DARPA Membrane Optic Imager Real-Time Exploitation (MOIRE)

Hollywood loves to imagine military systems with all sorts of capabilities that do not exist in the real world. One of their favorites is the satellite that’s able to hover over a target and rely high-resolution images back to a ground station on Earth.

This is not possible in the real world because current imaging satellites are in Low Earth Orbit, move on fixed flight paths, and see only a small part of the Earth at any given time.

That’s not to say that warfighters wouldn’t like to have something resembling those fictional abilities. DARPA’s SeeMe project (Space Enabled Effects for Military Engagements) is currently attempting to develop such a capability using a constellation of small, low-cost imaging satellites that can be deployed in large numbers. The US Army Space and Missile Defense Command is trying a similar approach in three small satellite programs, Kestrel Eye, NanoEye, and SATS.

An alternative approach would place an imaging satellite in geosynchronous orbit. A geosynchronous imaging satellite would have a clear advantage in providing constant wide-area coverage. It would also be a difficult target for antisatellite (ASAT) weapons. Technically, however, a geosynchronous satellite presents a major challenge. Because of its much higher altitude, a geosynchronous imaging satellite would need a very large primary aperture to get good-resolution images.

A conventional mirror or lens with required diameter would be too heavy and too big to launch from Earth, in addition to being expensive to fabricate. DARPA’s Membrane Optic Imager Real-Time Exploitation (MOIRE) project is attempting to develop an alternative: a lightweight membrane etched with a diffractive pattern that is used to focus light on a sensor. This new technology promises to be four to five times lighter than a conventional object with the same area. A membrane optic could also fold for launch within a payload shroud, which is difficult to do with a conventional optic.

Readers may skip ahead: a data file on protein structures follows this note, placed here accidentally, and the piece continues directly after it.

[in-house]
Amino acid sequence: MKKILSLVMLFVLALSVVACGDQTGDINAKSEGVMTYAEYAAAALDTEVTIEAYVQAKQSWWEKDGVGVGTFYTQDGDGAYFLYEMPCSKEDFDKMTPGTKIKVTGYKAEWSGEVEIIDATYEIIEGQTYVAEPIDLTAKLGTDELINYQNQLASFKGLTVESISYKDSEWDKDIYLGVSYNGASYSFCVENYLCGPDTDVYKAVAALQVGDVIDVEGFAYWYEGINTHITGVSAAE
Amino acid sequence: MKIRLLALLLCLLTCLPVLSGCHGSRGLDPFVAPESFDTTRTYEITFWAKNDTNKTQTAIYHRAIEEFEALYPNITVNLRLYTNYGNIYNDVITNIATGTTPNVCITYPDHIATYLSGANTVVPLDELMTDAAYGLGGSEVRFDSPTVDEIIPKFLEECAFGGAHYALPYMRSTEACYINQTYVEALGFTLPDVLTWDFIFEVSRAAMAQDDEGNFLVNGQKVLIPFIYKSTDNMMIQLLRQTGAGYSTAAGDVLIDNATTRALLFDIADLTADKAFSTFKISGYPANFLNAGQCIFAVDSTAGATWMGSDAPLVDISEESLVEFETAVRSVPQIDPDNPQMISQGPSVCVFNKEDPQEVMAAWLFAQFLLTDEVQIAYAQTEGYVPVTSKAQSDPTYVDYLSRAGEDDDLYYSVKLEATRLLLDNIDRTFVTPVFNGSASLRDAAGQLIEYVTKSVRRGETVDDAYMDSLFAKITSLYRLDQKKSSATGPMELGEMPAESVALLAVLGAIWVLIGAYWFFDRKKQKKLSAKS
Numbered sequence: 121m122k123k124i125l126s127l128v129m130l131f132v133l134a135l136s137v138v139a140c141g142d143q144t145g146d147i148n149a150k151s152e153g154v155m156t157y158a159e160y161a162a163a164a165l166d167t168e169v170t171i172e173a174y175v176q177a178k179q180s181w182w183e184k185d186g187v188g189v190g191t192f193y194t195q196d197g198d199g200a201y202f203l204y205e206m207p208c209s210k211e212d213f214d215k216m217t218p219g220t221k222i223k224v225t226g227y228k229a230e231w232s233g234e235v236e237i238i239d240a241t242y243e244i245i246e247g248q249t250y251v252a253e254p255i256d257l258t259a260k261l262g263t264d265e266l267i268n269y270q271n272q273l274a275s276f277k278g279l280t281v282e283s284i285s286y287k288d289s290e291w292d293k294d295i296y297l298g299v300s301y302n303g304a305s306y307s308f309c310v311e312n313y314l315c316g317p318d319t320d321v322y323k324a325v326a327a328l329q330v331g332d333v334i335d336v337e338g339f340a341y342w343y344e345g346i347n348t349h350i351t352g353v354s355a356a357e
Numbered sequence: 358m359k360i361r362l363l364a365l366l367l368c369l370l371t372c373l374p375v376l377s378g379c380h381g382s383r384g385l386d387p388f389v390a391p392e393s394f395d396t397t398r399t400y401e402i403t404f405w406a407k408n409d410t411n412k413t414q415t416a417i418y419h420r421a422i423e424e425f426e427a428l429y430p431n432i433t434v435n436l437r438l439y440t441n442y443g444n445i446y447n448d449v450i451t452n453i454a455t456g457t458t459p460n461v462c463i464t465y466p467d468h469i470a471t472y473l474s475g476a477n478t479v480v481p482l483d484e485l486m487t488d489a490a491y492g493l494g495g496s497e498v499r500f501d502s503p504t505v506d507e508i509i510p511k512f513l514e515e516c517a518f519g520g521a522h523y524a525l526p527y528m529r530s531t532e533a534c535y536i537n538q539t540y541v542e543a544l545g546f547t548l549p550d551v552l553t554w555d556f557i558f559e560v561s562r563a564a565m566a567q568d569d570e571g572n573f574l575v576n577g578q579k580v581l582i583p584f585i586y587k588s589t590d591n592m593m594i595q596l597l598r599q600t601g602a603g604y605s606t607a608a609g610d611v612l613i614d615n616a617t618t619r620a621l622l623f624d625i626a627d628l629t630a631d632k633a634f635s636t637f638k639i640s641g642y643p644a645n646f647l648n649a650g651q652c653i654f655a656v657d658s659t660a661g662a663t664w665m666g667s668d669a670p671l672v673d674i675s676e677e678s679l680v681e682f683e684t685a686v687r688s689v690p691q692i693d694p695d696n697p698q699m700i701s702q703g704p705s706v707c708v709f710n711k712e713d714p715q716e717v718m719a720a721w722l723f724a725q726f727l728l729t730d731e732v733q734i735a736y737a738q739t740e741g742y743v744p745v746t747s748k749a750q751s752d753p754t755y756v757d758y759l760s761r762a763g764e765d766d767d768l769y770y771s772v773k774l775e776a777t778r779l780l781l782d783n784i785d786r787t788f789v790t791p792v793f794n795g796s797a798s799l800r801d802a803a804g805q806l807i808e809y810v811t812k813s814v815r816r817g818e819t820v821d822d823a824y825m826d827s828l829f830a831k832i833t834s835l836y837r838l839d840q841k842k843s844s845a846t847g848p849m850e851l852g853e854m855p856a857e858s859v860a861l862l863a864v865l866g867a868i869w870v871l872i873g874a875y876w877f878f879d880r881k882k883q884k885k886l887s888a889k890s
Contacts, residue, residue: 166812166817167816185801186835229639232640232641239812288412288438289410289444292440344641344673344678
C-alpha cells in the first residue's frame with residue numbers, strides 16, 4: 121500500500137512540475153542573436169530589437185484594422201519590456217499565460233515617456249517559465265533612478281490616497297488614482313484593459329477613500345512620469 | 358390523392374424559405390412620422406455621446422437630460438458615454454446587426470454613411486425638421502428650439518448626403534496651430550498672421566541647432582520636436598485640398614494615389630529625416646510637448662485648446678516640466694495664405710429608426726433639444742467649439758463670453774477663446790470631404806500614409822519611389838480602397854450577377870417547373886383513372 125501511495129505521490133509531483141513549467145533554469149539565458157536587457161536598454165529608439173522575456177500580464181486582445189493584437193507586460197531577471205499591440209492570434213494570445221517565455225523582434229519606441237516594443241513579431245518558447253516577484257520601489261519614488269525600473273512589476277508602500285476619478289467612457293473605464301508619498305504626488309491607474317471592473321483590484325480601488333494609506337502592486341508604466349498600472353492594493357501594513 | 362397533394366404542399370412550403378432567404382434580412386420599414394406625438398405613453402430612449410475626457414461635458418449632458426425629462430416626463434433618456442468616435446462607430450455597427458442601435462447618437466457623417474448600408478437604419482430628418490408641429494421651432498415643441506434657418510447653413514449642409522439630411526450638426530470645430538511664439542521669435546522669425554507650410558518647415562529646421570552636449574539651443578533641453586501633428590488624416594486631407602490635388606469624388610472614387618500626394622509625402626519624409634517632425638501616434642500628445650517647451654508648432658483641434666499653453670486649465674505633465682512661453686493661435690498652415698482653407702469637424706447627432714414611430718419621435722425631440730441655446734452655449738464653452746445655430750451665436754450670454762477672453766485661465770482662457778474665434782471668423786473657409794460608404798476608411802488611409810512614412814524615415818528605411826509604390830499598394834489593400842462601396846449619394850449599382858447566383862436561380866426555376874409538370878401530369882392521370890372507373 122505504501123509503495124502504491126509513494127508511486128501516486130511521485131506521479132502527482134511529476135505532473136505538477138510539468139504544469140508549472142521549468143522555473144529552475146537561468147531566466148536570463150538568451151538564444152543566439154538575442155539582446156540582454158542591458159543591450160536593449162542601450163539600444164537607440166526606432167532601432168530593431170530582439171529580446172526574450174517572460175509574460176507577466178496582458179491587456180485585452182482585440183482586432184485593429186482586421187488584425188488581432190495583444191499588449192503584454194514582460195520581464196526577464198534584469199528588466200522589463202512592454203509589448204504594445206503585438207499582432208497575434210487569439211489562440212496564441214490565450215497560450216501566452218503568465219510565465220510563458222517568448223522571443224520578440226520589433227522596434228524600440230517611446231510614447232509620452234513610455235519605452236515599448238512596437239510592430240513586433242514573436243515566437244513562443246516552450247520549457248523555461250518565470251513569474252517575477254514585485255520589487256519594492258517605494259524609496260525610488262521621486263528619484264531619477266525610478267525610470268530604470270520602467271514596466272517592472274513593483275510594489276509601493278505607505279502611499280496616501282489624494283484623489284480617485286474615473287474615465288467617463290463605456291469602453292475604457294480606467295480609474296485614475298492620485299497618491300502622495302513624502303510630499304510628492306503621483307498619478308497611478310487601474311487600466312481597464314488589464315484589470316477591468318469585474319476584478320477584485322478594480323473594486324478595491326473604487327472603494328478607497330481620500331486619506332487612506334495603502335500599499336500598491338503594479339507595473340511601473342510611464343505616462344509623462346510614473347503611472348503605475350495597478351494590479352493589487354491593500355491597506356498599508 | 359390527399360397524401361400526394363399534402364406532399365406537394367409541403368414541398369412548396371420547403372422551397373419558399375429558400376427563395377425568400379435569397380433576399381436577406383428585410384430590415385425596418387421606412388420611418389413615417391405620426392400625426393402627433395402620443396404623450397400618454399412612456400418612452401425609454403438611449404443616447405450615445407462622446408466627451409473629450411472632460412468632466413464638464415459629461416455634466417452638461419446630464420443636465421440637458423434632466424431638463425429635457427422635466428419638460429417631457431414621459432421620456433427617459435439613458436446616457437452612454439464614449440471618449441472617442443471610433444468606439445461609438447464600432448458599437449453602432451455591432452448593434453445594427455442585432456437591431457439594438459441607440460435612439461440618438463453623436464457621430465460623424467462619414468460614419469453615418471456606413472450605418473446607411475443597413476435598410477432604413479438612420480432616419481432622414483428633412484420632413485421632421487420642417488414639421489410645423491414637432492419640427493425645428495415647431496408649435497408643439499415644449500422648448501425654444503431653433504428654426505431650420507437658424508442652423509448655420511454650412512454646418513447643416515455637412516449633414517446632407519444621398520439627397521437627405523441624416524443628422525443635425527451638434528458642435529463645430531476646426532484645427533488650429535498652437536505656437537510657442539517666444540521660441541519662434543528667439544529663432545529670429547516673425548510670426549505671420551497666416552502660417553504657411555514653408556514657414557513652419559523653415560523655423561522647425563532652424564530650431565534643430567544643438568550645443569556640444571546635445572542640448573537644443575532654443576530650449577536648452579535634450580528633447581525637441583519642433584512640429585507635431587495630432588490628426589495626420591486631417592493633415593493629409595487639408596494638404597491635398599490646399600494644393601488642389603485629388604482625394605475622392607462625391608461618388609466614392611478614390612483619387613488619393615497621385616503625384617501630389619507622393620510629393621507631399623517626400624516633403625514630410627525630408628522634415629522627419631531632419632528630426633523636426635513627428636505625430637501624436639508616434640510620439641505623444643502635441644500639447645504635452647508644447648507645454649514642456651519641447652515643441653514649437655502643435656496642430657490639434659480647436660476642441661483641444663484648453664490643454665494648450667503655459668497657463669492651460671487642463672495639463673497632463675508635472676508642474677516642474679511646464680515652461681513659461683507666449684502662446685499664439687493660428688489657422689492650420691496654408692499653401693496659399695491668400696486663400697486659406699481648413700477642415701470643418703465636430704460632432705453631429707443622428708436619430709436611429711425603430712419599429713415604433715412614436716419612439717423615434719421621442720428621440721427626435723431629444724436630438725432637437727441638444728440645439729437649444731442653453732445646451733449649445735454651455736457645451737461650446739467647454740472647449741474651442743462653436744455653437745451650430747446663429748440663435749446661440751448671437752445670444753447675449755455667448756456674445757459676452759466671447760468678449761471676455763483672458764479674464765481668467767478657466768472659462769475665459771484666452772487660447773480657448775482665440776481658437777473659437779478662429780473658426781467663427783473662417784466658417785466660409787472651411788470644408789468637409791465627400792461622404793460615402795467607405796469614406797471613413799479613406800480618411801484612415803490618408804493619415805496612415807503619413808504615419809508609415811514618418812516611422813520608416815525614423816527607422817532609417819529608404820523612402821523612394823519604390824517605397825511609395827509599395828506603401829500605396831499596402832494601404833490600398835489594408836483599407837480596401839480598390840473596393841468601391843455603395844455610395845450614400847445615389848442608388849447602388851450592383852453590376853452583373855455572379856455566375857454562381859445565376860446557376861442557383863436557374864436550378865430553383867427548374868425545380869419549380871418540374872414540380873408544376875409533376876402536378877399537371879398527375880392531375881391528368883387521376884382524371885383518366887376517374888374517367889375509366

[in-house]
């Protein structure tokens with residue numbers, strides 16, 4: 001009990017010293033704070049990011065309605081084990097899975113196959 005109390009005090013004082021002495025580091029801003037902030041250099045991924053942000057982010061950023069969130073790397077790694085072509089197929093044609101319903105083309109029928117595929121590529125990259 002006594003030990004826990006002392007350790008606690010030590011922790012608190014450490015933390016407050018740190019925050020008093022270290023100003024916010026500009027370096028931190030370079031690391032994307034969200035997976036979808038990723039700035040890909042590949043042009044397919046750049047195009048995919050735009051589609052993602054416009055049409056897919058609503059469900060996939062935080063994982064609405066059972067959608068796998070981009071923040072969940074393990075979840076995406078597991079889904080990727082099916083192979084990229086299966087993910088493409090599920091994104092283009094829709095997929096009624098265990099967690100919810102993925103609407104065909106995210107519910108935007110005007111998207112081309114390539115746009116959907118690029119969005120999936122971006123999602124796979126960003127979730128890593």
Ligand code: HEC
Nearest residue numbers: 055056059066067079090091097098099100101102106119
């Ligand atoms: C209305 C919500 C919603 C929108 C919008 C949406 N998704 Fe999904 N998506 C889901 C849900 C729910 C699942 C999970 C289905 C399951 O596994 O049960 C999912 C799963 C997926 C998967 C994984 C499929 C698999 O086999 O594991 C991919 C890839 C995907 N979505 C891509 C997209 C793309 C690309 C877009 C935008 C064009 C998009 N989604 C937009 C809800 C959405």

The MOIRE project is working on a ground-based demonstration than could lead to a future geosynchronous system. The project seeks to develop technologies for manufacturing diffraction membranes up to 20 meters in diameter, large structures to hold the membrane flat, and secondary optical elements to create a complete wide-bandwidth imaging device.

The MOIRE project is now in Phase 2 which seeks to manufacture a section of a five-meter primary optic, along with the required secondary optics for ground tests. In addition, MOIRE will perform an on-orbit test of a small-scale membrane optical system through the United States Air Force Academy’s FalconSAT-7. Last summer, Air Force Academy personnel demonstrated the FalconSAT-7 membrane deployment system during a microgravity flight on a Boeing 727. FalconSAT-7 is scheduled for launch in 2014.

Written by Astro1 on January 26th, 2013 , Military Space

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